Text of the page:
Military Regime was the period of Brazilian politics in which military led the country.
This era was marked in the history of Brazil through the practice of various Institutional Acts that put into practice censorship, political persecution, the suppression of constitutional rights, the total lack of democracy and the repression of those who were against the military regime.
The military dictatorship in Brazil began with the military coup of March 31, 1964, resulting in the ouster of the President of the Republic, João Goulart, and taking power of Marshal Castelo Branco. This coup, characterized by characters in tune as a revolution, instituted a military dictatorship in the country, which lasted until the election of Tancredo Neves in 1985. The military at the time justified the coup on the grounds that there was a communist threat in the country.
1964 Military Coup
The 1964 Military Coup marks a series of events that occurred on March 31, 1964 in Brazil, culminating in a coup d'état on April 1, 1964. This coup ended the government of President João Goulart, also known as Jango, who had been democratically elected vice president by the Brazilian Labor Party (PTB).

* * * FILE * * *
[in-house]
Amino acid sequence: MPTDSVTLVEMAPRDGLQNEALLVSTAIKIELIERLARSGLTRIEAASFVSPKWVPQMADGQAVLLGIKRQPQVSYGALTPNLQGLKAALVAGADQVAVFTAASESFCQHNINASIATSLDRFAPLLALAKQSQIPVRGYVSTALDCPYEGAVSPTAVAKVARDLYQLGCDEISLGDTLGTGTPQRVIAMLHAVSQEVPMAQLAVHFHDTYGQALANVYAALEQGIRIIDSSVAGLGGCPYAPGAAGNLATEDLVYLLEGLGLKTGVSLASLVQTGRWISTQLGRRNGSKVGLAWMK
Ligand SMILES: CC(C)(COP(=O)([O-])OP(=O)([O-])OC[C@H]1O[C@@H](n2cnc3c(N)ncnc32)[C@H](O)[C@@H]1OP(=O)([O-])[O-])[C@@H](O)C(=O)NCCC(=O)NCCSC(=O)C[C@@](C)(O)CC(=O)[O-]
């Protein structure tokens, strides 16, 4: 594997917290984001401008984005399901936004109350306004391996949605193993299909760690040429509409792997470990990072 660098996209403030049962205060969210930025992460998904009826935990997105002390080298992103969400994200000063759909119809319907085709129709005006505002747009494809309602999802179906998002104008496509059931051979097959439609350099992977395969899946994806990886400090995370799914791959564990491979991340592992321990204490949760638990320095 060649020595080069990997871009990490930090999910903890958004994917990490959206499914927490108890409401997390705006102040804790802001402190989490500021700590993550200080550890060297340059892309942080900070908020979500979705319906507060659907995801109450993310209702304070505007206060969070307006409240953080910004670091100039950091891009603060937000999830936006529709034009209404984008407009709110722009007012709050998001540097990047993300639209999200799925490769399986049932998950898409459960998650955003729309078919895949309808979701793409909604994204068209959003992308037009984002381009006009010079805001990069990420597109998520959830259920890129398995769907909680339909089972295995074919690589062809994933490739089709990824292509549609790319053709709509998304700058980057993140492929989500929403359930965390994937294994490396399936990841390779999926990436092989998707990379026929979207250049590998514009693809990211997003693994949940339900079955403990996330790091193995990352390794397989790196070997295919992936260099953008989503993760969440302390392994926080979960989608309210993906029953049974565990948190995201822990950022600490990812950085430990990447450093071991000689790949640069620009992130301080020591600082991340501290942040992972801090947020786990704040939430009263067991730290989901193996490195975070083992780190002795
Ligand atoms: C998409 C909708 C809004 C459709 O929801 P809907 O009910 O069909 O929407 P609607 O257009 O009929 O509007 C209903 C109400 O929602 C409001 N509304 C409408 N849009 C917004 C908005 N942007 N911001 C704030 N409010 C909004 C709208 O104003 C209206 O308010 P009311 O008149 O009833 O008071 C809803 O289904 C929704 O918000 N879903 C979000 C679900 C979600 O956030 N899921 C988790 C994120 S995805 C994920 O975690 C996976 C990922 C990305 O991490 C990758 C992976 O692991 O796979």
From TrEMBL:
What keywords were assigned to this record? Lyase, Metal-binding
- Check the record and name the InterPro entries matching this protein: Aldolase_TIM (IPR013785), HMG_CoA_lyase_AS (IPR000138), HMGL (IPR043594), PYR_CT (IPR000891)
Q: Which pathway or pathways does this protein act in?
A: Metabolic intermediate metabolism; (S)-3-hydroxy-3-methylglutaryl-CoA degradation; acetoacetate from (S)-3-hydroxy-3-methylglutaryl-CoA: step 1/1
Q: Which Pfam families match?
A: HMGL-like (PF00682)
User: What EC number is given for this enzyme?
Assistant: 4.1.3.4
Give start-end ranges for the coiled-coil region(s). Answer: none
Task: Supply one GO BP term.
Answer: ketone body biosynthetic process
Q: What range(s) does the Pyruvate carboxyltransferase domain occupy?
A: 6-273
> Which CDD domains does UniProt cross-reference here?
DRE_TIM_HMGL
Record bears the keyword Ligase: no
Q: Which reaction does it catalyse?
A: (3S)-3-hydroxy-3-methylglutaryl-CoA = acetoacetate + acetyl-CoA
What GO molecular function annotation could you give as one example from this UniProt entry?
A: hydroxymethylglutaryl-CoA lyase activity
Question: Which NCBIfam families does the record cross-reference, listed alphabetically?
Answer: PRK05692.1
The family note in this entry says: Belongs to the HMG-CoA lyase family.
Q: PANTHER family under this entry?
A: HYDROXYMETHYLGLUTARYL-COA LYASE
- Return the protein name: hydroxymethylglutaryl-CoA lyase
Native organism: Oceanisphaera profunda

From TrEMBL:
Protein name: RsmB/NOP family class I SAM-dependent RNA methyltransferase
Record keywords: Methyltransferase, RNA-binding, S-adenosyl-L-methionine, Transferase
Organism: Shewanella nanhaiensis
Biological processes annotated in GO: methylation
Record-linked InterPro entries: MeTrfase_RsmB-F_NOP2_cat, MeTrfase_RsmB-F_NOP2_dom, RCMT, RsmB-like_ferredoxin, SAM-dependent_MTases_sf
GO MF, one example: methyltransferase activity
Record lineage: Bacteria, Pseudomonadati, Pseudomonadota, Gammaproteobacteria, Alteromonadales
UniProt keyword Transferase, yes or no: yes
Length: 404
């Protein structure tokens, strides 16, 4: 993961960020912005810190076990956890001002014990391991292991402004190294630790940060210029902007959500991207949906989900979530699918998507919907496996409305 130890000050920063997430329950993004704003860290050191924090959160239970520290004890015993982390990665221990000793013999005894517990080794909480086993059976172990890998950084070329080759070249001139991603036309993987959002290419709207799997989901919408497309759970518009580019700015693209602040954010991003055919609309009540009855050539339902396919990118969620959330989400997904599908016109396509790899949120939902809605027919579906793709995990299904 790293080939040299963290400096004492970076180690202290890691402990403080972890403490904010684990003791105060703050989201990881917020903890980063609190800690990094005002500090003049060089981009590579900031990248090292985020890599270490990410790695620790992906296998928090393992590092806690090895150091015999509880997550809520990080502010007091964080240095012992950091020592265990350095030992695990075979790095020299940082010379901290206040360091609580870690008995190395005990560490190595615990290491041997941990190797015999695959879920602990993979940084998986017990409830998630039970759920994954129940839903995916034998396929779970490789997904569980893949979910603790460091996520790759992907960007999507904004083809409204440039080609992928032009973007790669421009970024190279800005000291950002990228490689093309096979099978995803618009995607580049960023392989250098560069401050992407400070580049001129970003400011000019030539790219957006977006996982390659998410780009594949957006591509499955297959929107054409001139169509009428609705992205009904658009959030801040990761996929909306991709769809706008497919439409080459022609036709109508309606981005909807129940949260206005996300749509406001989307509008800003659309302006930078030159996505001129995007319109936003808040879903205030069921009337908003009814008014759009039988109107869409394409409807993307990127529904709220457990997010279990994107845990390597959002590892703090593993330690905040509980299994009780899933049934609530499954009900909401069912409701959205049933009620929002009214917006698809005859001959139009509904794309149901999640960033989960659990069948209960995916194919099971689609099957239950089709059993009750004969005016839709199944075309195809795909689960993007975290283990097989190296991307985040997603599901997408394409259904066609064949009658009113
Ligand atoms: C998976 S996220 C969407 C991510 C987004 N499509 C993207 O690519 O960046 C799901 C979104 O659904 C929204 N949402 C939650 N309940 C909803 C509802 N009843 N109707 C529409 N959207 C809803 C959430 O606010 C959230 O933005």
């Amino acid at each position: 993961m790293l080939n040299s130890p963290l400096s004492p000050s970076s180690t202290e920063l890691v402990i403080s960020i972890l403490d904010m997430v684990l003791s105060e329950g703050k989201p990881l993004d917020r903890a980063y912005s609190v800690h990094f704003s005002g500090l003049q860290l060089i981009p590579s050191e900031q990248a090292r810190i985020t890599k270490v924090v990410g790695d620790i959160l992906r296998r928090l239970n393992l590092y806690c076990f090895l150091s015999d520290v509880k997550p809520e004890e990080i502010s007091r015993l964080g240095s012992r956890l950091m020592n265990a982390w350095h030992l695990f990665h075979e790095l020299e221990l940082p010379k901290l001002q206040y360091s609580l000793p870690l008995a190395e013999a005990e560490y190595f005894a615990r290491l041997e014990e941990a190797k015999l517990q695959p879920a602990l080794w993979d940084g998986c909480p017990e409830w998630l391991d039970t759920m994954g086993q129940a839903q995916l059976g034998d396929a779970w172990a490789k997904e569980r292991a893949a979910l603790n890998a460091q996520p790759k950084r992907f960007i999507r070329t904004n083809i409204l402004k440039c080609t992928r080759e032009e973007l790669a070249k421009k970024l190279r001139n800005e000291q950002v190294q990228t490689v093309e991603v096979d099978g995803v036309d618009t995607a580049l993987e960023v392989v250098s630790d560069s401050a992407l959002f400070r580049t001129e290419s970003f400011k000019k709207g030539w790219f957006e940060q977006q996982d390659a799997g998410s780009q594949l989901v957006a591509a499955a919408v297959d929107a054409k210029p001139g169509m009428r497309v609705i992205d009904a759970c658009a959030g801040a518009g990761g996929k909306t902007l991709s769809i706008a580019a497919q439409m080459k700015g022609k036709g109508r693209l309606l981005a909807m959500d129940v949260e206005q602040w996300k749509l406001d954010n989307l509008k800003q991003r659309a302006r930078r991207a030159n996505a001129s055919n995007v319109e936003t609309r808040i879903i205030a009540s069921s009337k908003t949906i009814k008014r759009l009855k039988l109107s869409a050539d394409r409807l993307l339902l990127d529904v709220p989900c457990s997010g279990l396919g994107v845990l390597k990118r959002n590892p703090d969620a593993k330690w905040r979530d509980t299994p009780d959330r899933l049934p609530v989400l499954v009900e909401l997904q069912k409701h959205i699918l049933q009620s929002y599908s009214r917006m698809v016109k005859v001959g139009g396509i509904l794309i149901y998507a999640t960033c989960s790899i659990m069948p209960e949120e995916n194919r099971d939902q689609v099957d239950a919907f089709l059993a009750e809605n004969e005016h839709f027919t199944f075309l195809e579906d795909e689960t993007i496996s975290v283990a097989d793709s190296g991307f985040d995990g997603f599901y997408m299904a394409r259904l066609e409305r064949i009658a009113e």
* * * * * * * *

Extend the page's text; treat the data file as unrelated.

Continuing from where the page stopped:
Immediately after the military seizure of power, the AI-1 was established. With 11 articles, it gave the military government the power to modify the constitution, annul legislative mandates, disrupt political rights for 10 years and dismiss, make available or compulsorily retire anyone against the security of the country, the democratic regime and the probity of the public administration, besides determining indirect elections for the presidency of the Republic.
During the military regime, there was a strengthening of the central power, especially the executive, characterizing an exception regime, because the executive assigned the function of legislating, to the detriment of the other powers established by the 1946 Constitution. The High Command of the Armed Forces came to control the presidential succession, indicating a military candidate who was endorsed by the National Congress.
Freedom of speech and organization was almost nonexistent. Political parties, unions, student associations and other representative organizations of society have been suppressed or have been interfered with by the government. The media and artistic events were suppressed by censorship. The 1960s also began a period of major transformations in Brazil's economy, modernization of industry and services, concentration of income, openness to foreign capital and foreign indebtedness.